Dr. Groshek has previously held academic appointments at Iowa State University, Erasmus University Rotterdam (The Netherlands), the University of Melbourne (Australia), and was sponsored on a visiting scholarship at the Institute for Advanced Study in Toulouse, France. He has professional experience working in media as a writer and designer and continues to freelance as an editor and consultant. With his lovely wife, he is a proud father of two exuberant children.

» jgroshek.org
» @jgroshek
» researchgate
» CV

Selected Peer-Reviewed Publications:

  • Mays, K. and Groshek, J. (2017). “A Time–Series, Multinational Analysis of Democratic Forecasts and Emerging Media Diffusion.” International Journal of Communication, 11, 429–451.
  • Groshek, J. and Christensen, B. (2016). “Emerging Media and Press Freedoms as Determinants of Nonviolent and Violent Political Conflicts, 1990-2006.” International Communication Gazette, 1-22.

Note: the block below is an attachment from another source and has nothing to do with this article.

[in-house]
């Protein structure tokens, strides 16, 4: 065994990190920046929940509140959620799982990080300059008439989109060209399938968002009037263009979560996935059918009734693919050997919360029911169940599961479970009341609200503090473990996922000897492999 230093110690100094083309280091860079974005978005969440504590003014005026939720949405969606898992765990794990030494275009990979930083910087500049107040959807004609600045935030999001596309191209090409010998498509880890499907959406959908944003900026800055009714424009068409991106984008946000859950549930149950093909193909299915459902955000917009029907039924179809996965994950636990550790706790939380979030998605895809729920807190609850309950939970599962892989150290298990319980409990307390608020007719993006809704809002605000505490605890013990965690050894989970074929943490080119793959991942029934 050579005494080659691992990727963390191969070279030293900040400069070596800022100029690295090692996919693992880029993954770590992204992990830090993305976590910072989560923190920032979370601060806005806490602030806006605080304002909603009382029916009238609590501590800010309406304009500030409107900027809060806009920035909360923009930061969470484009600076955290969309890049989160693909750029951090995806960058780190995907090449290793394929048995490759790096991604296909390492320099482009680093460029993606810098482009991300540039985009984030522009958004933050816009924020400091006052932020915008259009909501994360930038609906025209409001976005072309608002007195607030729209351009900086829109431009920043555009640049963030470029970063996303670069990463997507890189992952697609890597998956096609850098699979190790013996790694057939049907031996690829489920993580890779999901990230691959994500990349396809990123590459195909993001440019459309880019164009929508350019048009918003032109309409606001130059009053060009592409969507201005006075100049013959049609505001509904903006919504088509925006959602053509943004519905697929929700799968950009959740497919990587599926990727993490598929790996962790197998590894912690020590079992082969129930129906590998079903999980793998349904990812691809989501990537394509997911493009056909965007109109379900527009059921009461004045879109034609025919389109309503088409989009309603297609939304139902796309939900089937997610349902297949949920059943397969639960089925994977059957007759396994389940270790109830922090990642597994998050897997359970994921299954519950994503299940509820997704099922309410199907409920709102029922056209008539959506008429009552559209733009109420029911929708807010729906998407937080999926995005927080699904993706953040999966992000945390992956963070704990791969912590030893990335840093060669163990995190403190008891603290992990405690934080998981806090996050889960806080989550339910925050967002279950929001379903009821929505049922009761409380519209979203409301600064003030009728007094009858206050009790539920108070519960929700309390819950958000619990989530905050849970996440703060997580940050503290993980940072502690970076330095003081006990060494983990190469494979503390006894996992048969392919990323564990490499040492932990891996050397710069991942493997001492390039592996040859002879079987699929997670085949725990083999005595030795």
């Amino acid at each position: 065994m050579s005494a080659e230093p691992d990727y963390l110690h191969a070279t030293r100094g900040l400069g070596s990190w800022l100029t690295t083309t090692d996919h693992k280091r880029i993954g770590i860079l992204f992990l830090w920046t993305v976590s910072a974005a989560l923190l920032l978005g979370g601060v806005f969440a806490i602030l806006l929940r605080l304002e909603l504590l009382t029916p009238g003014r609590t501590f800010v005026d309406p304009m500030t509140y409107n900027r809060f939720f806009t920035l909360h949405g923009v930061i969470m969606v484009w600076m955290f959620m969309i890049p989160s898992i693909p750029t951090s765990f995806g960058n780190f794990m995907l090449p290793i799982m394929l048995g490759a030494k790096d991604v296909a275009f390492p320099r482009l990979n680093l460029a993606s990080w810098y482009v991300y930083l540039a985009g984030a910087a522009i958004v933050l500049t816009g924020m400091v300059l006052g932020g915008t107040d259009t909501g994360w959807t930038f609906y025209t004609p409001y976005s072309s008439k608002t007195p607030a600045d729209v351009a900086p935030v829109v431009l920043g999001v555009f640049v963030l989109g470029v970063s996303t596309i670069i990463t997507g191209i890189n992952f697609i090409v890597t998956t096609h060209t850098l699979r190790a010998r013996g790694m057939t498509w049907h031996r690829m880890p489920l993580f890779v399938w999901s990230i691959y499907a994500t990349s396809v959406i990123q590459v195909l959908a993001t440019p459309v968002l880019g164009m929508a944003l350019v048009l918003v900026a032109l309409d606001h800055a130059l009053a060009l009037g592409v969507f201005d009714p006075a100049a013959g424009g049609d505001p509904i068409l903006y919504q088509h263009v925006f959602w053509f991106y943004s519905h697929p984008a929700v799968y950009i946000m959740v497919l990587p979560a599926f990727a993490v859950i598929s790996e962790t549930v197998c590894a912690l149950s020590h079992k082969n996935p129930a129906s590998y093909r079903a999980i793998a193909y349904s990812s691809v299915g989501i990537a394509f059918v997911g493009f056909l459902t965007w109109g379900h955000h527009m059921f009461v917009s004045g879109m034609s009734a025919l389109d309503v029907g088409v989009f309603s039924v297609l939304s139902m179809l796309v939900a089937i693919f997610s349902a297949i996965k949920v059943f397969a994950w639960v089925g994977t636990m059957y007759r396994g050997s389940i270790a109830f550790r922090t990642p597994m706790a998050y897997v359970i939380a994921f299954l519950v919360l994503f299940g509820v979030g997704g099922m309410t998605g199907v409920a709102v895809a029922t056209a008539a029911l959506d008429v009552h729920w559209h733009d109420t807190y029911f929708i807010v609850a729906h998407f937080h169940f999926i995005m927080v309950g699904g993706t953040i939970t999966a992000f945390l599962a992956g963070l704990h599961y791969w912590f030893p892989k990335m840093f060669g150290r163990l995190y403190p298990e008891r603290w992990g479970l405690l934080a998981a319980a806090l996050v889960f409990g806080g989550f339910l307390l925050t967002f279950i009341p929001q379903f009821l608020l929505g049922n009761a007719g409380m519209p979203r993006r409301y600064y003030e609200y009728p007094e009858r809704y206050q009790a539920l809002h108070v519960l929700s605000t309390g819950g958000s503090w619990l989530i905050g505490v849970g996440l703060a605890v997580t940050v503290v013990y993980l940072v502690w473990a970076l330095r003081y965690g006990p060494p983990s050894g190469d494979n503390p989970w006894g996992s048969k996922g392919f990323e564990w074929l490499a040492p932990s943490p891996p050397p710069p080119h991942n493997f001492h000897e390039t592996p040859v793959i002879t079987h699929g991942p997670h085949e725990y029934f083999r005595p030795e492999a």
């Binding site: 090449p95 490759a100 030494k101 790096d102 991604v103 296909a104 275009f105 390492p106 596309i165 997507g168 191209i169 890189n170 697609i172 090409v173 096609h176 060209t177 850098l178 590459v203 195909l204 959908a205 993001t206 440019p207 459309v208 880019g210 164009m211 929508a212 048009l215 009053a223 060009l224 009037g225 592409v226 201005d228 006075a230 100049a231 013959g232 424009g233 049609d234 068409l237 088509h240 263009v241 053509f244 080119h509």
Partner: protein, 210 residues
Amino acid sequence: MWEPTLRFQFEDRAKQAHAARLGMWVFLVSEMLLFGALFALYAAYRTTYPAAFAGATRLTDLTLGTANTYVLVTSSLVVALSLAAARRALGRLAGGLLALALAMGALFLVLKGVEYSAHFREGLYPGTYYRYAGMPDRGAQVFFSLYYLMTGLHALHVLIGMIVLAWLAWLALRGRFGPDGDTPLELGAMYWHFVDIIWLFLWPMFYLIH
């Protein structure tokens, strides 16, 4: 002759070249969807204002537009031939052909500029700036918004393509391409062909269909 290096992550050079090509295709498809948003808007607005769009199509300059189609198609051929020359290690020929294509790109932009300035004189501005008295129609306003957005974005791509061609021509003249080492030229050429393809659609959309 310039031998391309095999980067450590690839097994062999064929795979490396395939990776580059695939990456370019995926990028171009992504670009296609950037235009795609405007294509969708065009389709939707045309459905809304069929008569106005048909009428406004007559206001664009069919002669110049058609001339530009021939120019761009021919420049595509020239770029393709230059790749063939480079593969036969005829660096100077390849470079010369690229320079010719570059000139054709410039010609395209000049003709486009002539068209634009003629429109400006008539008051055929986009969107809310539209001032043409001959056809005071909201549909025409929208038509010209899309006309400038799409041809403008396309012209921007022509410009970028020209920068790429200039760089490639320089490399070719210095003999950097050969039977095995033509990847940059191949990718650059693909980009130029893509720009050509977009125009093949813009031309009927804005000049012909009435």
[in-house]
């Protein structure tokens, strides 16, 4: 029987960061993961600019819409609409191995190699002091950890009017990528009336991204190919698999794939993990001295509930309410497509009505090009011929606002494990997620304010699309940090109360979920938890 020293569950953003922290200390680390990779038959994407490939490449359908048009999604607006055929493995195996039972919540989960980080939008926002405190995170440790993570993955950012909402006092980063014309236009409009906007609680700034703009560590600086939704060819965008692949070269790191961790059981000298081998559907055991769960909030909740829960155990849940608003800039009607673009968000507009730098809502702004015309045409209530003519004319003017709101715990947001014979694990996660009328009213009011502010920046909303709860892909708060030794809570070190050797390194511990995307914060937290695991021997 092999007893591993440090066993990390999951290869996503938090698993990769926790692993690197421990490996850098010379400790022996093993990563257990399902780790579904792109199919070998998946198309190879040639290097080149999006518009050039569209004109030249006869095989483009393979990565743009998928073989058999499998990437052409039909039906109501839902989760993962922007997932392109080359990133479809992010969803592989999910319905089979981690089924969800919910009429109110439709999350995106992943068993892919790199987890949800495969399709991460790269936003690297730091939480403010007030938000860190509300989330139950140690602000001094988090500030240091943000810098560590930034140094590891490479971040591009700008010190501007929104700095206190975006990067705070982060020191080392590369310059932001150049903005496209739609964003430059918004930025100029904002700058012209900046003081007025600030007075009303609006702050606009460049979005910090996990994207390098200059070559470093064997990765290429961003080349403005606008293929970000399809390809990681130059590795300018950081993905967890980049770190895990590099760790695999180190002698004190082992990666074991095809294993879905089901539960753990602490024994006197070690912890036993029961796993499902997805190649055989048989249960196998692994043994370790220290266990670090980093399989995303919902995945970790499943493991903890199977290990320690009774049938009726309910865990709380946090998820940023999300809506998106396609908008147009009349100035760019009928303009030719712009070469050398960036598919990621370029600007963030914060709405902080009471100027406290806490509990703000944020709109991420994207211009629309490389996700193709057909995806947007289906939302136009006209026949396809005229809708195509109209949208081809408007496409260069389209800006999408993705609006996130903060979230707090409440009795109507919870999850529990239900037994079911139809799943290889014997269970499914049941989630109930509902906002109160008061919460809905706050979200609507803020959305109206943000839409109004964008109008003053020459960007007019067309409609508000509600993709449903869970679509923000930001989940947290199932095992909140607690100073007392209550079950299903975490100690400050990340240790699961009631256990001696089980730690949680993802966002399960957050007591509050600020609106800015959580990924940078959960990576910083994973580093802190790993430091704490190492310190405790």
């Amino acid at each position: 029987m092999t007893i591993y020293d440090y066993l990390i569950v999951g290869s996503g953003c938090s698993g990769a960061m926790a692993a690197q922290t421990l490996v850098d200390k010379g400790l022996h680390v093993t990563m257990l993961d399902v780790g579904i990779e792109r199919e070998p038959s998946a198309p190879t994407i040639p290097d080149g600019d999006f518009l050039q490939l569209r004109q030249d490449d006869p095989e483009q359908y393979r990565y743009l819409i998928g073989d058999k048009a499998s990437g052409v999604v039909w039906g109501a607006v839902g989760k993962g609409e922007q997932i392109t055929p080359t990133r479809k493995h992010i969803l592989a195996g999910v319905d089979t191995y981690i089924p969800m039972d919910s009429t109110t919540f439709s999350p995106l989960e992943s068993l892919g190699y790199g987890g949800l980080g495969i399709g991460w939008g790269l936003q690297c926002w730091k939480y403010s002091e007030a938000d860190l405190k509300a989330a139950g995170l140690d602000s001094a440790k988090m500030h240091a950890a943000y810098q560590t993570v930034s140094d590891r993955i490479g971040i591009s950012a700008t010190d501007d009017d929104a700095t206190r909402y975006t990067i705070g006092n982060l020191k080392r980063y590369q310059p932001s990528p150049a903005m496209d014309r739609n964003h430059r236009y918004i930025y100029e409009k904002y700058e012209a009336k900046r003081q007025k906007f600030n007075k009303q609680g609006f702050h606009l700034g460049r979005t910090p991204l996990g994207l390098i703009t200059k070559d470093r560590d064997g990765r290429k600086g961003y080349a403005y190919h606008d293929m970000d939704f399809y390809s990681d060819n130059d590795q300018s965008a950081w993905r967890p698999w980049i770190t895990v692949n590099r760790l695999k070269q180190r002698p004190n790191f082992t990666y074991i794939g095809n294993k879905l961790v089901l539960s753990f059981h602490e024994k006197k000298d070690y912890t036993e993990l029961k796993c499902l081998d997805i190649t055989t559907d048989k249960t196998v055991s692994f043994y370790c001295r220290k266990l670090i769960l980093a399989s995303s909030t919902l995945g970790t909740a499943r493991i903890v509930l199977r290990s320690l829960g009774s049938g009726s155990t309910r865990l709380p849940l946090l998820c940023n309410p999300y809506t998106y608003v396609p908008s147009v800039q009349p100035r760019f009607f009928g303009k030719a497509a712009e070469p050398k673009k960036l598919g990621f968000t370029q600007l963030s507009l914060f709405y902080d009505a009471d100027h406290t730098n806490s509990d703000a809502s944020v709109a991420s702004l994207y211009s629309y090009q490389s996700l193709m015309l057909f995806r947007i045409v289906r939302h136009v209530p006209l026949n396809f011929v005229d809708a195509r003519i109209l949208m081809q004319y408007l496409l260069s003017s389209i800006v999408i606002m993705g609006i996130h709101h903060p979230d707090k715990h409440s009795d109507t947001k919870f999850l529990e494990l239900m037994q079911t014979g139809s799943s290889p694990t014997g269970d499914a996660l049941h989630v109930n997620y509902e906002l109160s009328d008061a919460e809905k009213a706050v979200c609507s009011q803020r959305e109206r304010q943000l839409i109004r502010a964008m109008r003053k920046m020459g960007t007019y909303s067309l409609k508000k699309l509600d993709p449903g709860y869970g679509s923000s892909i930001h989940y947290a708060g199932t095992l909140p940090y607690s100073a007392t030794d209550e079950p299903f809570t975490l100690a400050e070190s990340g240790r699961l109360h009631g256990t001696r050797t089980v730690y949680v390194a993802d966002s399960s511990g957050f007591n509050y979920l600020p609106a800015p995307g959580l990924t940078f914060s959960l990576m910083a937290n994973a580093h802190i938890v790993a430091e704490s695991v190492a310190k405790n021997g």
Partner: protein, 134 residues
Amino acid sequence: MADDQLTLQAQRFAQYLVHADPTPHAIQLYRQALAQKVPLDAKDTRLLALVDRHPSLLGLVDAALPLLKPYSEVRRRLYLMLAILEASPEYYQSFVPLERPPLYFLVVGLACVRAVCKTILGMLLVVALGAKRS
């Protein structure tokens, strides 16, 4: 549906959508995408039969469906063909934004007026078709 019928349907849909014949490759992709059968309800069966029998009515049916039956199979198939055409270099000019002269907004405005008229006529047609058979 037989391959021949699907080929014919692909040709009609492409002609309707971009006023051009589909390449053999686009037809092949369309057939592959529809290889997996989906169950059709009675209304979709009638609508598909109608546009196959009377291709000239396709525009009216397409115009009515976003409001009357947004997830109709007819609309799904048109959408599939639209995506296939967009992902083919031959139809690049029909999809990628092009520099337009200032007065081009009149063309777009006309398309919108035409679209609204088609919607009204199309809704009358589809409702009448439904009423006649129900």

• Groshek, J. and Cutino, C. (2016). “Meaner on Mobile: Incivility and Impoliteness in Communicating on Sociotechnical Networks.” Social Media + Society, 1-10.
  • Groshek, J. and Tandoc, E. (2016). “The Affordance Effect: Gatekeeping and (Non)reciprocal Journalism on Twitter.” Computers in Human Behavior, 66, 201-210.
  • Groshek, J. and Krongard, S. (2016). “Netflix and engage? Implications for streaming television on political participation during the 2016 US presidential campaign.” Social Sciences, 5(65).
  • Groshek, J. and Holt, L.F. (2016). “When official consensus equals more negativity in media coverage: Broadcast television news and the (re-)indexing of the ‘Don’t Ask, Don’t Tell’ repeal.” Media, War and Conflict, 1-19.
  • Breuer, A. and Groshek, J. (2016). “Assessing the potential of ICTs for participatory development in Sub-Saharan Africa with evidence from urban Togo.” International Journal of Culture, Politics, and Society, 1-22.